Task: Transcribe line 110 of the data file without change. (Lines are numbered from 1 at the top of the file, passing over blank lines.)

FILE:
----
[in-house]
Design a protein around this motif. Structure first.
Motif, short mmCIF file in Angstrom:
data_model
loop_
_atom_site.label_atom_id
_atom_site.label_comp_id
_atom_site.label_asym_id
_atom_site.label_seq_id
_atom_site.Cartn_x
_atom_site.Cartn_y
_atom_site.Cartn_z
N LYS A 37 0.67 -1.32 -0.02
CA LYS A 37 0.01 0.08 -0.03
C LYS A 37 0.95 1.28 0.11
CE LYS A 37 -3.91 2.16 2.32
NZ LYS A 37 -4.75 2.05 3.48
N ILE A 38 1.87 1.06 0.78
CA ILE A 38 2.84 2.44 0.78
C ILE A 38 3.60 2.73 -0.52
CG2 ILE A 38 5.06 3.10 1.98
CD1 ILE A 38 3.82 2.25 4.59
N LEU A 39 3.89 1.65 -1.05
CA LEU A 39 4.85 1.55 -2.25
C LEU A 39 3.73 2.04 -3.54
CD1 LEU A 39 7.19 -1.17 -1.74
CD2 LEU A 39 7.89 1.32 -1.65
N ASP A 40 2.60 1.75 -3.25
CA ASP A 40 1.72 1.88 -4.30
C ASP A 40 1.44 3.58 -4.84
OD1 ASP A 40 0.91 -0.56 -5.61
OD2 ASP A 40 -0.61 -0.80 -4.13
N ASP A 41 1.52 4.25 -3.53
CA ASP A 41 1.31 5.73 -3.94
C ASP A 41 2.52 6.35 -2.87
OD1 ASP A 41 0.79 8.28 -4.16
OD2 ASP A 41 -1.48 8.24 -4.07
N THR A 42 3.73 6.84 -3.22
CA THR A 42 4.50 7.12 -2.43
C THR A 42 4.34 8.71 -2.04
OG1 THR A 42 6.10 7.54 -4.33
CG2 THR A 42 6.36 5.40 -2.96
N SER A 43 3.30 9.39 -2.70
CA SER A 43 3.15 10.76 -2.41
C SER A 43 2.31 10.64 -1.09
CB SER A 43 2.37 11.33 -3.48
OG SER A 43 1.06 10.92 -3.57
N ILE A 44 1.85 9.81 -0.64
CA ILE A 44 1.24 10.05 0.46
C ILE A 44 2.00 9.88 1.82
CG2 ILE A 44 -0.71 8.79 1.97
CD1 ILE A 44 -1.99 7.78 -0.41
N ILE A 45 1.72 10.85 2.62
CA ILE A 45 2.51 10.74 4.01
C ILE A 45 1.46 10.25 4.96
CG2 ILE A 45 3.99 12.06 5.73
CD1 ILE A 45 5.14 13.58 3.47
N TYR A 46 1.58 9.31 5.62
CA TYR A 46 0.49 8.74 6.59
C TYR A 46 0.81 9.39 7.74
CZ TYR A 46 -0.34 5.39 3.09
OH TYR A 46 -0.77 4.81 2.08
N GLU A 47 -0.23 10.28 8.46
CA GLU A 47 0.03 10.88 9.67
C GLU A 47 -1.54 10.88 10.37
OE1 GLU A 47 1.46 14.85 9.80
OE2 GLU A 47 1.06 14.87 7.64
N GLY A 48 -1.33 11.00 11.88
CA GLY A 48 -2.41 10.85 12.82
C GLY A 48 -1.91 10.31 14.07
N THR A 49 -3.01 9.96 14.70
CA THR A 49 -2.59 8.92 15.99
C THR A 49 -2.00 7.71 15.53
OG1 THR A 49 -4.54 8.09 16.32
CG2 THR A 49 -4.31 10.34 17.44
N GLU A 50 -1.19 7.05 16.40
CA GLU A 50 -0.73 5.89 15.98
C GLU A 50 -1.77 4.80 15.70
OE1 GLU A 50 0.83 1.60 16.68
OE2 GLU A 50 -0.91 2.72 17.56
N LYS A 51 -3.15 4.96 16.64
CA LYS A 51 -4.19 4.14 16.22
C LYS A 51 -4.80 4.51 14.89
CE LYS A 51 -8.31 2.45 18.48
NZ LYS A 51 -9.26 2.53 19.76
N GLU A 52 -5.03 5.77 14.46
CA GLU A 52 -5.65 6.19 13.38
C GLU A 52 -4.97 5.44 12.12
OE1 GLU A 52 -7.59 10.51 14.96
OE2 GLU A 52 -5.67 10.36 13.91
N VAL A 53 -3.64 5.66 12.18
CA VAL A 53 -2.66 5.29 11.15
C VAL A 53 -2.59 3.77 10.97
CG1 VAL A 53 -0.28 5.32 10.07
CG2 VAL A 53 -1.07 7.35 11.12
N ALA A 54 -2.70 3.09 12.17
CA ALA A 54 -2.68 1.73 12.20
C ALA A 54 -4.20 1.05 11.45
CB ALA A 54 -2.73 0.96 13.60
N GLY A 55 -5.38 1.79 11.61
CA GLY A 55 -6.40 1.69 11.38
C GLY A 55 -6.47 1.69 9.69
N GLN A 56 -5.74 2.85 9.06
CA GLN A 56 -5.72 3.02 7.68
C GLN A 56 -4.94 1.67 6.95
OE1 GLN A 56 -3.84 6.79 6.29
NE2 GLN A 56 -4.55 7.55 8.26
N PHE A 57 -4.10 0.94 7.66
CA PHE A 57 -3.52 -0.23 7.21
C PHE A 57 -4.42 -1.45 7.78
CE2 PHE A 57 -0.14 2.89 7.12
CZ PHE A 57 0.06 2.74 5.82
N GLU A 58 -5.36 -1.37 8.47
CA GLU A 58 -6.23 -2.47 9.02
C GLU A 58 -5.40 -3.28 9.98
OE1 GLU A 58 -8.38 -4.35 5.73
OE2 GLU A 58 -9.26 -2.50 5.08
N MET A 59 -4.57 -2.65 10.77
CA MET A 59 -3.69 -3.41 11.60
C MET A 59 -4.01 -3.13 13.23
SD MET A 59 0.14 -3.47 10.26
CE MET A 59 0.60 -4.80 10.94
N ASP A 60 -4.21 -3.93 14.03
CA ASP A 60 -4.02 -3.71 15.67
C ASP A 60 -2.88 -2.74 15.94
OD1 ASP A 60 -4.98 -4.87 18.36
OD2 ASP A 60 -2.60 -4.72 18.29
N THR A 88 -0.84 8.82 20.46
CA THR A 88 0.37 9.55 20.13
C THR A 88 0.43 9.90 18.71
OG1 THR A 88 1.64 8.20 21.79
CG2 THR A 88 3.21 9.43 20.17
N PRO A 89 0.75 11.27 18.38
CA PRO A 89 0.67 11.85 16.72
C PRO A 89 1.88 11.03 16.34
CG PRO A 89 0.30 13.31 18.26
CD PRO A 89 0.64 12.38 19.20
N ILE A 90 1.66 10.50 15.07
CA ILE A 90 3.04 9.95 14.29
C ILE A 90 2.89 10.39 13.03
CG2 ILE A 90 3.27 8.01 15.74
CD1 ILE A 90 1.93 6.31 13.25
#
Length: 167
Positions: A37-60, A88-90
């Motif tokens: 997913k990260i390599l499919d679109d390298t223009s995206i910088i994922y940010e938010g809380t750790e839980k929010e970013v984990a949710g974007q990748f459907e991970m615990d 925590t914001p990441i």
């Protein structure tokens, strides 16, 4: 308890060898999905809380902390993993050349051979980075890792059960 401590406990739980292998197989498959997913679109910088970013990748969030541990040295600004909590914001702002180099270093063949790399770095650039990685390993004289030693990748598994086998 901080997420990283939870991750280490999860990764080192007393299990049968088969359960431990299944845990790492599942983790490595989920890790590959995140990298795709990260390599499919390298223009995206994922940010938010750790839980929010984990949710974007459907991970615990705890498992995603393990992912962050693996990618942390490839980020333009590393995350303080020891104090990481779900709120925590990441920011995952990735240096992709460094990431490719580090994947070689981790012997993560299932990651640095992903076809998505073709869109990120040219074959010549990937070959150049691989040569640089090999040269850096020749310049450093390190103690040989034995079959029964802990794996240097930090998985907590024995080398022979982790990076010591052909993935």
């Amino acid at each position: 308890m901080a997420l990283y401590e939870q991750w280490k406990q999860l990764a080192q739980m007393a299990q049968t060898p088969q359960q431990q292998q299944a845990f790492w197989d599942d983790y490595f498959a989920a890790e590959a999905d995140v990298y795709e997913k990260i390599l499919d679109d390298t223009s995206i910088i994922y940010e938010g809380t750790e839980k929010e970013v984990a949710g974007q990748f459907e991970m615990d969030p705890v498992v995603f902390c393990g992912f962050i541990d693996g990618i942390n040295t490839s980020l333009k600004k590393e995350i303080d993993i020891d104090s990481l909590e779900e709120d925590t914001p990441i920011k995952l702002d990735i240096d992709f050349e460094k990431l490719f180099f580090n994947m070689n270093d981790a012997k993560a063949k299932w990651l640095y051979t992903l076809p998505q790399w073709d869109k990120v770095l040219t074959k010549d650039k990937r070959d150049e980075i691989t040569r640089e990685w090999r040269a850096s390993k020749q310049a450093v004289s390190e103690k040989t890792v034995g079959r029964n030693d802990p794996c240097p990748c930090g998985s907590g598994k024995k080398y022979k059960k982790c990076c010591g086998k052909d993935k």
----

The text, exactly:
C PHE A 57 -4.42 -1.45 7.78